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Thursday, October 7, 2021, 4-5pm ET
The unfolding epidemics and crises of the last year and a half provide stark reminders that no person or setting is ever safe from the impacts of traumas. Now more than ever, it’s critical for us as researchers to anticipate and plan for the realities of trauma as it emerges in our work (and in ourselves). Join us for a discussion of how the panelists came to embrace trauma-informed practices and how they have led to changes in the way we approach our work. Being trauma-informed and -responsive is not a destination but rather a constant state of becoming. You’ll leave with the information you need to start this journey in your own practice.
About our speakers:
Matt Bernius’ work focuses on applying concepts from the social sciences and design to help create more equitable government systems and experiences. He’s currently a Principal User Researcher on Code for America’s “Clear my Record” program, which focuses on automating the sealing of criminal records. Prior to joining CfA he worked at Measures for Justice and at Effective, a UX agency. Matt holds a Master’s degree in the Social Sciences from the University of Chicago and a Bachelor’s degree in New Media Publishing from RIT, and was a PhD student in Cultural Anthropology at Cornell University.
Sarah Fathallah is an independent designer, researcher, and educator, who specializes in applying participatory research and design to the social sector, with impact-driven clients like the International Domestic Workers Federation, the International Rescue Committee, and Open Society Foundations, to name a few. Sarah is a graduate of Sciences Po Paris, where they studied International Business and Middle Eastern and Mediterranean Affairs. Sarah also studied design innovation at the Paris Est d.school, User Experience design at General Assembly, and participatory design at MIT.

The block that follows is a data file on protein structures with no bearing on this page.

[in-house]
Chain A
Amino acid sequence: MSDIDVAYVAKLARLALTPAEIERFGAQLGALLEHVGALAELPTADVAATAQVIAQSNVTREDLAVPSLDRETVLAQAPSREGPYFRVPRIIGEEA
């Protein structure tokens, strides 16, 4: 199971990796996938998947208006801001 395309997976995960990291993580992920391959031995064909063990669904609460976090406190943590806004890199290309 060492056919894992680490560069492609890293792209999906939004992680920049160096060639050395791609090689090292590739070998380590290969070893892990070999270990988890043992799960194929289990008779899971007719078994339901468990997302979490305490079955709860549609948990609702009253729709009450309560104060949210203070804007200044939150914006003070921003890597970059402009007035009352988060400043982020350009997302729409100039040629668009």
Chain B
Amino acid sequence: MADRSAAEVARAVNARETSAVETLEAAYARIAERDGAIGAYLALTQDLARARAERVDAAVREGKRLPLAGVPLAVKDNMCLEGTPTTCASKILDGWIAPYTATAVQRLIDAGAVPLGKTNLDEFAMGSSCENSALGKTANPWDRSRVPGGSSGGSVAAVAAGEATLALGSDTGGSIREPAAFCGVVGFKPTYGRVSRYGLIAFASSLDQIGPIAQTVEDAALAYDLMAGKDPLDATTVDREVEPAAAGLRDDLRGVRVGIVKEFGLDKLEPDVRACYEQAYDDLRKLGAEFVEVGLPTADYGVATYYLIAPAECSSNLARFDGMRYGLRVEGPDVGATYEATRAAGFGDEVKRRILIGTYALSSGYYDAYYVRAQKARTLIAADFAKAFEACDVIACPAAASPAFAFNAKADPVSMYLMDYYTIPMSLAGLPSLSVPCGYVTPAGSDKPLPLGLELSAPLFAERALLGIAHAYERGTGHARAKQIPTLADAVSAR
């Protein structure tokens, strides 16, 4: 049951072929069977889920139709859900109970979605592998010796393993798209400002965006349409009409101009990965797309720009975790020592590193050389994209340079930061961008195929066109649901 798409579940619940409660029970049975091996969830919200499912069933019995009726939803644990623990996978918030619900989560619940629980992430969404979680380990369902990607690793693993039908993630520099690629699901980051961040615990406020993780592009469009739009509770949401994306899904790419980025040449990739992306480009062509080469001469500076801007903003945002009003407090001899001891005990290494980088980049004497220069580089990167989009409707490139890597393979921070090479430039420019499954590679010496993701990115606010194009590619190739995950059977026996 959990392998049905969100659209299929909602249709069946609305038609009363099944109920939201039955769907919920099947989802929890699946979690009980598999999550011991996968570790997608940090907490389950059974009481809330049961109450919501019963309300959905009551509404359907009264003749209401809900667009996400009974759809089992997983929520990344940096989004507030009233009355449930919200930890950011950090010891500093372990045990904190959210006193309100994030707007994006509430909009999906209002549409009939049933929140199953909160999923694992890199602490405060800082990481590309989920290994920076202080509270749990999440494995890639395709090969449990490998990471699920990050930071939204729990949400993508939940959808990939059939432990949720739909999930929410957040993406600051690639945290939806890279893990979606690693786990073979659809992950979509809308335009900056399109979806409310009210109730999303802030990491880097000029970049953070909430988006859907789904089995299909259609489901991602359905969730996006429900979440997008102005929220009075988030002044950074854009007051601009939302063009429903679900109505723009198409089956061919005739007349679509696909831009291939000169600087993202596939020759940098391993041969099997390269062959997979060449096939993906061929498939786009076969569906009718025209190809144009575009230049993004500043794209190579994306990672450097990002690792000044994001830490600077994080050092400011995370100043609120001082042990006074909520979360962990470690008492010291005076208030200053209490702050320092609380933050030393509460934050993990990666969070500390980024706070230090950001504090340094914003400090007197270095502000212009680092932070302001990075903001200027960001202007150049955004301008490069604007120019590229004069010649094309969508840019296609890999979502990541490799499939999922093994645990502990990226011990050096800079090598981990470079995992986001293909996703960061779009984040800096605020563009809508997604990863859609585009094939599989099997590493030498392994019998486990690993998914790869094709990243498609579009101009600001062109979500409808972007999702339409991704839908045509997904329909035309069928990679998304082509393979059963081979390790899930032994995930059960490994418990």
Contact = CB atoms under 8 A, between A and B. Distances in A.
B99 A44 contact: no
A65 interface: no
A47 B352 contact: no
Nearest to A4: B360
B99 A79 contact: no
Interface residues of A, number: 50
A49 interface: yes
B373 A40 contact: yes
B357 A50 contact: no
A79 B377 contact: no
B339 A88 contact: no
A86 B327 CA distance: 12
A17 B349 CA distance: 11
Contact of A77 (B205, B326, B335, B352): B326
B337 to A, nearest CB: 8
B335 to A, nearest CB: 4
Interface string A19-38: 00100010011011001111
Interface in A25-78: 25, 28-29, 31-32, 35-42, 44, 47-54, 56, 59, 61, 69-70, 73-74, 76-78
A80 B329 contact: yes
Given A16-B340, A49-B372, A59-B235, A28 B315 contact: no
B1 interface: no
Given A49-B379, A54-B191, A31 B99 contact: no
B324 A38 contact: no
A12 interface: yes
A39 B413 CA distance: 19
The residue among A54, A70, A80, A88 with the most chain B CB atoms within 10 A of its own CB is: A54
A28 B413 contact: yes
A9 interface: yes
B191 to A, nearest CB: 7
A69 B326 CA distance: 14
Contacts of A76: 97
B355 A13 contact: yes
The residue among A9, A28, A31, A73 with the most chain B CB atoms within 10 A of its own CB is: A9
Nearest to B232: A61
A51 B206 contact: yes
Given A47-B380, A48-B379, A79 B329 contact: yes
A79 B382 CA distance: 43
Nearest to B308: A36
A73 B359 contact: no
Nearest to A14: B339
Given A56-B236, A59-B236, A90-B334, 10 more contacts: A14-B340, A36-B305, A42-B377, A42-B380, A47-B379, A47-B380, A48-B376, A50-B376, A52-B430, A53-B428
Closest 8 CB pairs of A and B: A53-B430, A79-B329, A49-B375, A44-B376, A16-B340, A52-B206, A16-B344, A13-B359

Hera Hussain is the Founder and CEO of CHAYN – a global nonprofit that creates resources on the web to address gender-based violence. Chayn’s multilingual resources, designed with–not for–survivors, have reached more than 400 000 people. Raised in Pakistan and living in the UK, Hera knew from early on she wanted to focus on violence against women. She believes in using the power of open source technology, trauma-informed design and hope-filled framing to solve the world’s pressing issues. Hera was on the Forbes 30 Under 30 and MIT Technology Review’s Innovators Under 35 list.
Jessica Zeroual is a Research & Human-Centered Design Advisor in the Office of the Chief Human Resource Officer’s Research & Experimentation Team at the Treasury Board Secretariat. Previously, Jessica was a Research Advisor in the Innovation Lab at Employment and Social Development Canada and the department’s Innovation Fund Advisor. She has experience working directly with Canadians, organizations and public servants to generate insights and meaningful solutions. Jessica’s approach is to create safe spaces for all by applying a trauma-informed approach. She approaches challenge spaces using approaches that puts people first, amplifying the voices of users every step of the way.